was known as "Little Gabriel" from his fervency in prayer and his 
small size. He had the reputation of being able to approach the throne 
of God more nearly than any person in the area. The elders told 
Stevenson of Dr. Hall's depression, and he was greatly distressed. He 
entered the church and joined them in the "Elder's pew" at the front 
of the church. After a hymn was sung "Little Gabriel" rose and led the 
congregation in prayer. His first petition was: 

"O Lord, cast the deaf and dumb devil out of our pastor; this deaf devil, 
that will not allow him to hear the promises of the gospel; and this 
dumb devil, that will not suffer him to preach as he has heretofore 
done. 13 


At the close of the prayer the beloved pastor was seen rising from 
his seat. To Mr. Stevenson he said, "I will try to preach today." Reports 
are that the prayer of "Little Gabriel" had been heard and the sermon 
showed that the deaf and dumb devils had been cast out. 

In July 1819, Dr. Hall returned from his last trip to the General 
Assembly and the Anniversary of the American Bible Society and 
shortly after that he preached his final sermon. For the last seven years 
of his life he remained in the Bethany community and had opportu- 
nity to rejoice that weak and inadequate though he felt himself to be, 
God had used him as the instrument for the conversion of others. 

In the churchyard near his beloved Bethany Church is found the 
following marker: 

Beneath this stone are deposited 

the remains of 

The Rev. JAMES HALL, D.D. 

who departed this life 

July 25th, 1826, 

in the 82nd year of his age. 

For 12 years he sustained the office of Pastor 

to the united congregations of Fourth 
Creek, Concord, and Bethany; and for 26 years 
to that of Bethany alone. He was a man of 
science as well as piety; and for his ex- 
tensive labors in the cause of his Divine 
Master, as well as for his great usefulness 
as a preceptor of youth, his memory is 
embalmed in the hearts of his people. 

The pains of death are passed, 

Labor and sorrow cease, 

And life's long warfare closed at last, 

His soul is found in peace. 

Soldier of Christ, well done, 

Praise be thy new employ, 
And while eternal ages run, 

Rest in thy Saviour's joy.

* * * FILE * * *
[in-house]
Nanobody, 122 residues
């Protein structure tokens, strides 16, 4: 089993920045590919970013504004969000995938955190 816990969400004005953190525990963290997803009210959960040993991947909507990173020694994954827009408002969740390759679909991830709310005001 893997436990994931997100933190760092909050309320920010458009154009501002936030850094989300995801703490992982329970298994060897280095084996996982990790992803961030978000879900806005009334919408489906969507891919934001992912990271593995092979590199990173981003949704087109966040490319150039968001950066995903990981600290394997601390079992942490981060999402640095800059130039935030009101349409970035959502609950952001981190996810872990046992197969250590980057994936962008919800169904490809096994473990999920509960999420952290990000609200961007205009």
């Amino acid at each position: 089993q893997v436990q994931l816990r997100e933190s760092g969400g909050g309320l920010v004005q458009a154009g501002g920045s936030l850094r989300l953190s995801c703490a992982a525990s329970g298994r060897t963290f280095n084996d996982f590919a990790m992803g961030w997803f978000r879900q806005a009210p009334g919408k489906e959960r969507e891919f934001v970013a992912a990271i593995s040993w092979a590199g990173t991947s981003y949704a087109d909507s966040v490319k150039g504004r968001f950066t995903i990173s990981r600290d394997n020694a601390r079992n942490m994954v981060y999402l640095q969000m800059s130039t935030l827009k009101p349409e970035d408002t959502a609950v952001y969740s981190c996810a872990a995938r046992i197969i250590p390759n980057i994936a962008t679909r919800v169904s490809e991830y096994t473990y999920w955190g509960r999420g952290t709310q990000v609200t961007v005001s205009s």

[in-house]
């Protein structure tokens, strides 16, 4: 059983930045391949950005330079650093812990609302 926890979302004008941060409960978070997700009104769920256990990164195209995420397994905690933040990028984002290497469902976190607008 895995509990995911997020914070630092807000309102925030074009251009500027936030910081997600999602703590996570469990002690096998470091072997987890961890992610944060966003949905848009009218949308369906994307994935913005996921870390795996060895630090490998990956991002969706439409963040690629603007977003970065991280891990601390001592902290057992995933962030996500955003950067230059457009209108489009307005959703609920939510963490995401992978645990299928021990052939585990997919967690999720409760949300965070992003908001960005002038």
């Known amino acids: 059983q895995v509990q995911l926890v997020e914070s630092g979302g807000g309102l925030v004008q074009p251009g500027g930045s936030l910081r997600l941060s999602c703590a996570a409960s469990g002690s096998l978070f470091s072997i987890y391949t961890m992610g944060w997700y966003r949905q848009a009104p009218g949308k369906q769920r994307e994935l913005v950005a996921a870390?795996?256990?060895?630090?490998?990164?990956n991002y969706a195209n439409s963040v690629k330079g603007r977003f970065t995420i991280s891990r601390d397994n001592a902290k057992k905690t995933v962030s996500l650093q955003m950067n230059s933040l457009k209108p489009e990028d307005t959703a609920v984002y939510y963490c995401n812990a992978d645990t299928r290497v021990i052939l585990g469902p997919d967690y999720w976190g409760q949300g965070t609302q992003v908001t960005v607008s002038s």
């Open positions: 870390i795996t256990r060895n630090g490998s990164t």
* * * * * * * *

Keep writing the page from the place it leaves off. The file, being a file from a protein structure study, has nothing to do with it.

fames Hall and Education 


Footnotes to Chapter IX 

1. "Clio's Nursery", N. C. Historical Marker M-23, N. C. Department of Archives and History, 
Raleigh, N.C. 

2. Keever, op. cit., p. 82. 

3. Rockwell, E. E, The Second Classical School in Iredell County, from Rockwell papers, n.d., His- 
torical Foundation, Montreat, N.C. 

4. Foote, op. cit., p. 330. 

5. Rockwell, E. E, "Descendants of Scottish Martyrs in North Carolina", from. Rockwell papers, n.d., 

Historical Foundation, Montreat, N.C. 

6. Indenture on record in Rowan County Court House, Salisbury, N.C, recorded February 1796. 

7. Klett's Minutes, op. cit. 1786, p. 607. 

8. Foote, Wm. H., op. cit., p. 330-331. 

9. Ibid. 

10. Ibid p. 324. 

11. Ibid. 

12. Ibid. 

13. Ibid, p. 334. 

This is a scene in the Old Cemetery which shows some of the original graves with their 
markers. In the foreground is a typical original soap stone marker which was or 
appears to have been home made. The box woods and the large cedar trees are typi- 
cal of any old cemetery but the size of the English boxwoods indicates the age of the 








Chapter Ten 

Second Pastor Lewis F. Wilson 

For several years after Dr. Hall was released from his pastoral 
responsibilities for Fourth Creek and Concord Churches the 
united congregation was without a resident minister of its own. 
We do not have a record of who the ministers were that supplied 
Fourth Creek in the interim before they secured their next pastor. We